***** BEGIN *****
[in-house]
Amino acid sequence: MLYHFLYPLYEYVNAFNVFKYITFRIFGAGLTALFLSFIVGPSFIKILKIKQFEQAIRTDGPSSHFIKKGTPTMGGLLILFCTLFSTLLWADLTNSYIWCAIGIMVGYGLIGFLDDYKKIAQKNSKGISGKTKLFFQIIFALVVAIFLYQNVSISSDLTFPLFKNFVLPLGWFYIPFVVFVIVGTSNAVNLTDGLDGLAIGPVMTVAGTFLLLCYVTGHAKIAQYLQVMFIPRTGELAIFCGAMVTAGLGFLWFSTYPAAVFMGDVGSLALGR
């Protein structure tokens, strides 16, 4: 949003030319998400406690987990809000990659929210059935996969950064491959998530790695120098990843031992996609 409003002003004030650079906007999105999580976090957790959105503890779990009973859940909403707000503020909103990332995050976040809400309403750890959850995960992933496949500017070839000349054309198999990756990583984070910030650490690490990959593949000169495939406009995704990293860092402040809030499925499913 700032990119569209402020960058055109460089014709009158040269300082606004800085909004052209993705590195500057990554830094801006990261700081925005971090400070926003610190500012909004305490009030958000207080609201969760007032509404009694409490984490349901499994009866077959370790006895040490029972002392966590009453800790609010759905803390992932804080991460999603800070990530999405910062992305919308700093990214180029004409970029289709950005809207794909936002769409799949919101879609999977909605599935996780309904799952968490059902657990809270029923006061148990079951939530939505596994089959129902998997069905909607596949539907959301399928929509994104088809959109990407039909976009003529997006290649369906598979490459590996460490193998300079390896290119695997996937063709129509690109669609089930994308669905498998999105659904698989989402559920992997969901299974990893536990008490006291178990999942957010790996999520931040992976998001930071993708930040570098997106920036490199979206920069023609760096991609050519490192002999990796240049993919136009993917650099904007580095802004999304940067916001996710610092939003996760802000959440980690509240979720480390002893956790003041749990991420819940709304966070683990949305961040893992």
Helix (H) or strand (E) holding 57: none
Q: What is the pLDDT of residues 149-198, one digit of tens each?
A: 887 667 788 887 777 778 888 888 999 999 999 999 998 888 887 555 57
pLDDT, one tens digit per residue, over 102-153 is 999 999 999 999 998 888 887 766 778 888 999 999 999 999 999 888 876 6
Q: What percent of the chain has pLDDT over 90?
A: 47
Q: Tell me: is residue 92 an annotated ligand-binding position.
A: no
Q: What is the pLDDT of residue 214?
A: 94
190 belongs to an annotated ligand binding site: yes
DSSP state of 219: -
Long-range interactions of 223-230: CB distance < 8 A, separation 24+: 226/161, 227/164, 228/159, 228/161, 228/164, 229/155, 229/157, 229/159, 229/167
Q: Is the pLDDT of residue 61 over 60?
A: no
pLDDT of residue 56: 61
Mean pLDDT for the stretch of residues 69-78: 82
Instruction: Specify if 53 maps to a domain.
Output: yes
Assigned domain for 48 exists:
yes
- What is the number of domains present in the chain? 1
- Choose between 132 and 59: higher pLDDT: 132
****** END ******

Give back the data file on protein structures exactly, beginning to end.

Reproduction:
[in-house]
Amino acid sequence: MLYHFLYPLYEYVNAFNVFKYITFRIFGAGLTALFLSFIVGPSFIKILKIKQFEQAIRTDGPSSHFIKKGTPTMGGLLILFCTLFSTLLWADLTNSYIWCAIGIMVGYGLIGFLDDYKKIAQKNSKGISGKTKLFFQIIFALVVAIFLYQNVSISSDLTFPLFKNFVLPLGWFYIPFVVFVIVGTSNAVNLTDGLDGLAIGPVMTVAGTFLLLCYVTGHAKIAQYLQVMFIPRTGELAIFCGAMVTAGLGFLWFSTYPAAVFMGDVGSLALGR
């Protein structure tokens, strides 16, 4: 949003030319998400406690987990809000990659929210059935996969950064491959998530790695120098990843031992996609 409003002003004030650079906007999105999580976090957790959105503890779990009973859940909403707000503020909103990332995050976040809400309403750890959850995960992933496949500017070839000349054309198999990756990583984070910030650490690490990959593949000169495939406009995704990293860092402040809030499925499913 700032990119569209402020960058055109460089014709009158040269300082606004800085909004052209993705590195500057990554830094801006990261700081925005971090400070926003610190500012909004305490009030958000207080609201969760007032509404009694409490984490349901499994009866077959370790006895040490029972002392966590009453800790609010759905803390992932804080991460999603800070990530999405910062992305919308700093990214180029004409970029289709950005809207794909936002769409799949919101879609999977909605599935996780309904799952968490059902657990809270029923006061148990079951939530939505596994089959129902998997069905909607596949539907959301399928929509994104088809959109990407039909976009003529997006290649369906598979490459590996460490193998300079390896290119695997996937063709129509690109669609089930994308669905498998999105659904698989989402559920992997969901299974990893536990008490006291178990999942957010790996999520931040992976998001930071993708930040570098997106920036490199979206920069023609760096991609050519490192002999990796240049993919136009993917650099904007580095802004999304940067916001996710610092939003996760802000959440980690509240979720480390002893956790003041749990991420819940709304966070683990949305961040893992």
Helix (H) or strand (E) holding 57: none
Q: What is the pLDDT of residues 149-198, one digit of tens each?
A: 887 667 788 887 777 778 888 888 999 999 999 999 998 888 887 555 57
pLDDT, one tens digit per residue, over 102-153 is 999 999 999 999 998 888 887 766 778 888 999 999 999 999 999 888 876 6
Q: What percent of the chain has pLDDT over 90?
A: 47
Q: Tell me: is residue 92 an annotated ligand-binding position.
A: no
Q: What is the pLDDT of residue 214?
A: 94
190 belongs to an annotated ligand binding site: yes
DSSP state of 219: -
Long-range interactions of 223-230: CB distance < 8 A, separation 24+: 226/161, 227/164, 228/159, 228/161, 228/164, 229/155, 229/157, 229/159, 229/167
Q: Is the pLDDT of residue 61 over 60?
A: no
pLDDT of residue 56: 61
Mean pLDDT for the stretch of residues 69-78: 82
Instruction: Specify if 53 maps to a domain.
Output: yes
Assigned domain for 48 exists:
yes
- What is the number of domains present in the chain? 1
- Choose between 132 and 59: higher pLDDT: 132